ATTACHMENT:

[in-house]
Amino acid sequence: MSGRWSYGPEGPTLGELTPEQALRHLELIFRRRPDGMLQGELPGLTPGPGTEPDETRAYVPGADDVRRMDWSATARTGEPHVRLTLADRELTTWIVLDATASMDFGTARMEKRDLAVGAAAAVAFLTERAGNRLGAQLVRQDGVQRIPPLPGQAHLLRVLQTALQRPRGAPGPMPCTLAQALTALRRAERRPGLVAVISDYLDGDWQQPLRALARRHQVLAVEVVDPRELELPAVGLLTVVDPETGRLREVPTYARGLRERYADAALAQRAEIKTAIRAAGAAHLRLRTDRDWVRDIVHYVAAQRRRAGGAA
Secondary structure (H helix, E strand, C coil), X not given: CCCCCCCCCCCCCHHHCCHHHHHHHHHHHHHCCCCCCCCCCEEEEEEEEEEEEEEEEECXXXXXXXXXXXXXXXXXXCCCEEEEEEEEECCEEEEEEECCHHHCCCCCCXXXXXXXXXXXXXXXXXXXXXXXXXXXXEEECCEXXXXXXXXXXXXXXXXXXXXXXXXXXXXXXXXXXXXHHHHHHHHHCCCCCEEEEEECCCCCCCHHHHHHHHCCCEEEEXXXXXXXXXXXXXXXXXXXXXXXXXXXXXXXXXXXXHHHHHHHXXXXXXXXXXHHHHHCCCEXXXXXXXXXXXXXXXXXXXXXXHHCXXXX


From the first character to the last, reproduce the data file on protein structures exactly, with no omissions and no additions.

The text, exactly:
[in-house]
Amino acid sequence: MSGRWSYGPEGPTLGELTPEQALRHLELIFRRRPDGMLQGELPGLTPGPGTEPDETRAYVPGADDVRRMDWSATARTGEPHVRLTLADRELTTWIVLDATASMDFGTARMEKRDLAVGAAAAVAFLTERAGNRLGAQLVRQDGVQRIPPLPGQAHLLRVLQTALQRPRGAPGPMPCTLAQALTALRRAERRPGLVAVISDYLDGDWQQPLRALARRHQVLAVEVVDPRELELPAVGLLTVVDPETGRLREVPTYARGLRERYADAALAQRAEIKTAIRAAGAAHLRLRTDRDWVRDIVHYVAAQRRRAGGAA
Secondary structure (H helix, E strand, C coil), X not given: CCCCCCCCCCCCCHHHCCHHHHHHHHHHHHHCCCCCCCCCCEEEEEEEEEEEEEEEEECXXXXXXXXXXXXXXXXXXCCCEEEEEEEEECCEEEEEEECCHHHCCCCCCXXXXXXXXXXXXXXXXXXXXXXXXXXXXEEECCEXXXXXXXXXXXXXXXXXXXXXXXXXXXXXXXXXXXXHHHHHHHHHCCCCCEEEEEECCCCCCCHHHHHHHHCCCEEEEXXXXXXXXXXXXXXXXXXXXXXXXXXXXXXXXXXXXHHHHHHHXXXXXXXXXXHHHHHCCCEXXXXXXXXXXXXXXXXXXXXXXHHCXXXX